The settlement has some coverage riders however is “practically clean,” as an aide to Sen. Patty Murray (D-Wash.), the chair of the Senate HELP Committee, put it. The thought is to hitch the five-year reauthorization onto a stopgap spending invoice to maintain the federal government’s lights on previous the top of the month and keep away from the prospect of sending furlough notices to FDA workers.

However there’s a wrinkle. Senate Minority Chief Mitch McConnell (R-Ky.) helps a clear person payment invoice with out “extraneous items,” which means social gathering leaders might want to type out whether or not all of the coverage riders are stripped from the laws. Politico first reported the information.

Shock! Texas Medical Affiliation sues over shock billing rule … once more

The Texas Medical Affiliation filed its second lawsuit in lower than a yr towards sure parts of a rule establishing the method for resolving disputes between insurers and suppliers over “surprise” medical payments.

The lawsuit comes days after the American Medical Affiliation and the American Hospital Affiliation dropped their first legal challenge to the interim rule, which turned moot when the administration launched a revised final rule governing the federal shock billing arbitration course of on Aug. 26. Each the AMA and the AHA assist the brand new Texas lawsuit.

The problem revolves round fee disputes over stopping insured sufferers from getting slapped with hefty payments for inadvertently getting care from an out-of-network supplier. The Biden administration’s rulemaking has been divisive even amongst those that drafted the regulation, and the Texas Medical Affiliation is arguing the brand new regulation “unfairly” benefits insurers.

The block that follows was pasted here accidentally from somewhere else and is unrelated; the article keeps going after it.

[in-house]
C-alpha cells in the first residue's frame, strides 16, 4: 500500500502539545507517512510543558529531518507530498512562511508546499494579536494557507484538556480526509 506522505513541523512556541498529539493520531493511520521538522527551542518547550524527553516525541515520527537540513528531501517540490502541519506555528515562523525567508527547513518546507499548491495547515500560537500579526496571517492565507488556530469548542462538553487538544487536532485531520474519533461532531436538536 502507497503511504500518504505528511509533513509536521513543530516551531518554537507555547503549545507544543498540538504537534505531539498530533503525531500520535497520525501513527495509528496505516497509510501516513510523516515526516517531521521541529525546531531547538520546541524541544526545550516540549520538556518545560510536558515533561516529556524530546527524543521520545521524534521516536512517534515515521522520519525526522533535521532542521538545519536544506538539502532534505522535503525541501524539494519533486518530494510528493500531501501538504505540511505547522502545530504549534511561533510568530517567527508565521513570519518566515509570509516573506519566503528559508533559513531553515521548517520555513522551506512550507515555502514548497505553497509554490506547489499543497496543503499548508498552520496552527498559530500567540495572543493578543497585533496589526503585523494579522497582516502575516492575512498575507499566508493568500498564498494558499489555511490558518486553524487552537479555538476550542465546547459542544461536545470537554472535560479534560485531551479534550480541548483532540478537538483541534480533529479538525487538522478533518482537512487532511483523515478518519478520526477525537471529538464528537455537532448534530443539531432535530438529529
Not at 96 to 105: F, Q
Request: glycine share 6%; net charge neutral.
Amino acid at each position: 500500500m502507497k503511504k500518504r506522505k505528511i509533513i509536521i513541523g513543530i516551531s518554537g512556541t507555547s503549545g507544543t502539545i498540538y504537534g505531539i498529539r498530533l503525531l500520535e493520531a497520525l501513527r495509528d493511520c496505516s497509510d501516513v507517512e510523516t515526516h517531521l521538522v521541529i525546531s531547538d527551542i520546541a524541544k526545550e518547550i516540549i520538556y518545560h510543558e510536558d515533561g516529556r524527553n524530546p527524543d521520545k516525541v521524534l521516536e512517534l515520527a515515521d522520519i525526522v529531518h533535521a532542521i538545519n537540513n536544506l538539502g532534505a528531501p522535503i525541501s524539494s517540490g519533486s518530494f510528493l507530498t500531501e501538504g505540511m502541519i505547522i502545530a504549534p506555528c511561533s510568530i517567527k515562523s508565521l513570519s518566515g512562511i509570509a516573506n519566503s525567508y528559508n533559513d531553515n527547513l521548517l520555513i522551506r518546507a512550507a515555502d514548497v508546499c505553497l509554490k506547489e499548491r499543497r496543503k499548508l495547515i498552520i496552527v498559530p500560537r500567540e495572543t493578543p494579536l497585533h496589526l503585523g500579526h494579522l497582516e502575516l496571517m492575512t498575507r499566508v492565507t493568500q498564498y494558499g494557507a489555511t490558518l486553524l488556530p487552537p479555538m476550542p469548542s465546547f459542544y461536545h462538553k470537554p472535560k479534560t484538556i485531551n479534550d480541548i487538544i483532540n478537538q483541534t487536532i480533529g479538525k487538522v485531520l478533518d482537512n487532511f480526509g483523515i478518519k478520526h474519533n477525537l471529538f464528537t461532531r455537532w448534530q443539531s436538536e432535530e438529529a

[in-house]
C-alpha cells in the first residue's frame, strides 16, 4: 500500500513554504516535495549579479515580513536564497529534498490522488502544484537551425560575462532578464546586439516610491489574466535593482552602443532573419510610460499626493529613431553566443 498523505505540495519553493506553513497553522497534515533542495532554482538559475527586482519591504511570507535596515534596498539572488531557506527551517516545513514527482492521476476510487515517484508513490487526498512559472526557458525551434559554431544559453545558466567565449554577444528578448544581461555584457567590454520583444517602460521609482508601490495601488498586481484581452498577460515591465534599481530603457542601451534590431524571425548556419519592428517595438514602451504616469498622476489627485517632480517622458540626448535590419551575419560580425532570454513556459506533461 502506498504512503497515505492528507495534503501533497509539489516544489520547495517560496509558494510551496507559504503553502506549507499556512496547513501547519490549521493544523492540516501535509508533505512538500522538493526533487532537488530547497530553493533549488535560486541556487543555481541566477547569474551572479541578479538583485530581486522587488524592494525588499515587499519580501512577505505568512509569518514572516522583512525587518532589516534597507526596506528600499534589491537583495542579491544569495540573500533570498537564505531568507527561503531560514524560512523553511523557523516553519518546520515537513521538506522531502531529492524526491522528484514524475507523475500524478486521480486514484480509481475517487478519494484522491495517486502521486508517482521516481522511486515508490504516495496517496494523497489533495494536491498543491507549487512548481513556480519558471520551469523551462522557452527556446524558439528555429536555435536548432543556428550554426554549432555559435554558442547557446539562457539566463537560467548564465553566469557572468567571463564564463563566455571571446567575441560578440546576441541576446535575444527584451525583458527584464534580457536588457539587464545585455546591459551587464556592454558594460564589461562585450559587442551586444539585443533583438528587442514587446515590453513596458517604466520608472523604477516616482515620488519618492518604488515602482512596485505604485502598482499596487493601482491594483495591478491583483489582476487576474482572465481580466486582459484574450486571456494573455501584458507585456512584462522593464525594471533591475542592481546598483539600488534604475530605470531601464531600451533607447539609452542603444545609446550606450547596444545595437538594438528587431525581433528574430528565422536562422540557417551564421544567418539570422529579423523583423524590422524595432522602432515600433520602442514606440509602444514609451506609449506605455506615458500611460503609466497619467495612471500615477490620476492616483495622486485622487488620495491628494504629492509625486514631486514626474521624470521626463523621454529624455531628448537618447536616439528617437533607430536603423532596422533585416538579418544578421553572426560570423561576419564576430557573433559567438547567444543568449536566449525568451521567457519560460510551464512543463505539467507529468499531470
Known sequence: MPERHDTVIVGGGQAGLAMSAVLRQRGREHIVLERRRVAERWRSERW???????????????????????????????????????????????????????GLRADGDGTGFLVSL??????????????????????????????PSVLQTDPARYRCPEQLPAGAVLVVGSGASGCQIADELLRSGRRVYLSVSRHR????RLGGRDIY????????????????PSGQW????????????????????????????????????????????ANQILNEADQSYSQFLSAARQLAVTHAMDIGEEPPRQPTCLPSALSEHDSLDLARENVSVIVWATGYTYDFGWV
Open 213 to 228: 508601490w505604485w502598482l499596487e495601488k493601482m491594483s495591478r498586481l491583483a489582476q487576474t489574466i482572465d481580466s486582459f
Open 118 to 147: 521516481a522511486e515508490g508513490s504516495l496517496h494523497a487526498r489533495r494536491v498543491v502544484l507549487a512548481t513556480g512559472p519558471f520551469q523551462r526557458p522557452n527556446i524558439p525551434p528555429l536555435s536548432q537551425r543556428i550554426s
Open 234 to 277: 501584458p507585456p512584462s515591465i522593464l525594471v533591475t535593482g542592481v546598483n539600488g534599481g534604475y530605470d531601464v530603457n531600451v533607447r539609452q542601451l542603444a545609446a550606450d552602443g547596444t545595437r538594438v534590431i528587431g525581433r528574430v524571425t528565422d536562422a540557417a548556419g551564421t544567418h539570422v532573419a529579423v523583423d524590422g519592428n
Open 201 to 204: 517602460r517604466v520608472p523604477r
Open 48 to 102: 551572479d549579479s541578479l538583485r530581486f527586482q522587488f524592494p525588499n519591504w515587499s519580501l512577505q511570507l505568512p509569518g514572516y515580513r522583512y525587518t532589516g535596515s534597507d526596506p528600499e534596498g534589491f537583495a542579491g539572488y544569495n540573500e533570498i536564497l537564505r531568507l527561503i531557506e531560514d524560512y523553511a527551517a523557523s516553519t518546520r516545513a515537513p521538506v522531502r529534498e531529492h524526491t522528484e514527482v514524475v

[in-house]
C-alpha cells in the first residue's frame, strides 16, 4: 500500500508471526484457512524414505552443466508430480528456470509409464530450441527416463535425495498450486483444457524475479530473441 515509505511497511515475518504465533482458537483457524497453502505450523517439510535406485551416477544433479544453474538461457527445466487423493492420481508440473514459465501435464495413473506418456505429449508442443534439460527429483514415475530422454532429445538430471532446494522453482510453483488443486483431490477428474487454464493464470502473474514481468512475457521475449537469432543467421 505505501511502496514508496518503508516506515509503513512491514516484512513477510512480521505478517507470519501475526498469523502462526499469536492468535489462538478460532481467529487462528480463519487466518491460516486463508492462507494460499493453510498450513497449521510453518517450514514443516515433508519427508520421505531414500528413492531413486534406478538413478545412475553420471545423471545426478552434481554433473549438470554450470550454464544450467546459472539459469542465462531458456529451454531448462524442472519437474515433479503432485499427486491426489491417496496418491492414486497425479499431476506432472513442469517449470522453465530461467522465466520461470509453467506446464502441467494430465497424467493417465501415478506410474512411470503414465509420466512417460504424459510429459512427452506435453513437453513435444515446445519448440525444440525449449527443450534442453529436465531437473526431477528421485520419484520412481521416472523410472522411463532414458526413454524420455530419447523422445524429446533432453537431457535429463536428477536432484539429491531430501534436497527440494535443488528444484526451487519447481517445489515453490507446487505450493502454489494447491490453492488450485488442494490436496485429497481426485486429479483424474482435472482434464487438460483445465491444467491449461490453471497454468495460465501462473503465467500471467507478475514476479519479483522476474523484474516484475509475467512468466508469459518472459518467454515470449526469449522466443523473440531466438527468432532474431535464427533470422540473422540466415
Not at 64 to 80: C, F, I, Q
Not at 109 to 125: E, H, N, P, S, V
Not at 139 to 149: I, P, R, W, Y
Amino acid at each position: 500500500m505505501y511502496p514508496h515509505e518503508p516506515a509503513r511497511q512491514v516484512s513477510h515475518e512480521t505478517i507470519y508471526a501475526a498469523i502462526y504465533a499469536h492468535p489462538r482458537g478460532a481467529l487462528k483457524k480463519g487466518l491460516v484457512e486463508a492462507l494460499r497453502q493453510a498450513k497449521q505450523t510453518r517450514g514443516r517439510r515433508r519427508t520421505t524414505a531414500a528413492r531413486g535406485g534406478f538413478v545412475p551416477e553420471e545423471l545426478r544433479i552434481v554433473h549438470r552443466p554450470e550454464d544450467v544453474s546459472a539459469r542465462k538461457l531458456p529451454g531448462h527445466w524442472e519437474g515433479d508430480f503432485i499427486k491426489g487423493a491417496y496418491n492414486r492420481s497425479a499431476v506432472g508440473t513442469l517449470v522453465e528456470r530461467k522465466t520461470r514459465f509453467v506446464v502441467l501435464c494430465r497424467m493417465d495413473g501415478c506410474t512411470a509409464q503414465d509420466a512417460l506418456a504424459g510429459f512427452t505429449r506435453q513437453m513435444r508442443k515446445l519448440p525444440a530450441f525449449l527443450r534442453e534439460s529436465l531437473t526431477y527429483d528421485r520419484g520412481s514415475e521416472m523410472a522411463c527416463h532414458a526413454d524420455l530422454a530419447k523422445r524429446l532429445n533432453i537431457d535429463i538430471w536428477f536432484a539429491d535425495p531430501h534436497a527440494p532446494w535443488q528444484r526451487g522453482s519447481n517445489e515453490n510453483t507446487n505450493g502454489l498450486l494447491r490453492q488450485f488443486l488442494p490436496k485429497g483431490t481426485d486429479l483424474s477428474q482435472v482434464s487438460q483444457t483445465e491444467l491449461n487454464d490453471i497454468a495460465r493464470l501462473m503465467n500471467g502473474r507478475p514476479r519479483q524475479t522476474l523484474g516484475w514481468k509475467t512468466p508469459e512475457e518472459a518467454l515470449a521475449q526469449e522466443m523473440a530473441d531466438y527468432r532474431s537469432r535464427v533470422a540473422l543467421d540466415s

• New this a.m.: The Biden administration introduced new actions and funding to deal with the opioid epidemic and assist the nation’s habit providers, together with $1.5 billion in grants to states and territories.
  • A federal watchdog discovered that fraudsters may have stolen $45.6 billion from the nation’s unemployment insurance coverage program in the course of the pandemic, our colleague Tony Romm writes.
  • By a vote of 56-40, the Senate confirmed Arati Prabhakar to be director of the Workplace of Science and Expertise coverage.
  • The Facilities for Medicare and Medicaid Providers approved a 12-month extension of postpartum Medicaid protection in North Carolina.

Health apps share your concerns with advertisers. HIPAA can’t stop it. (By Tatum Hunter and Jeremy B. Merrill | The Washington Post)

Biotech aims to detect cancer early. But tests have a long way to go. (By Pranshu Verma | The Washington Post)

Some Who Rushed to Covid-19 Vaccine Hold Off on Boosters (By Jared S. Hopkins | The Wall Street Journal)

Thanks for studying! See y’all Monday.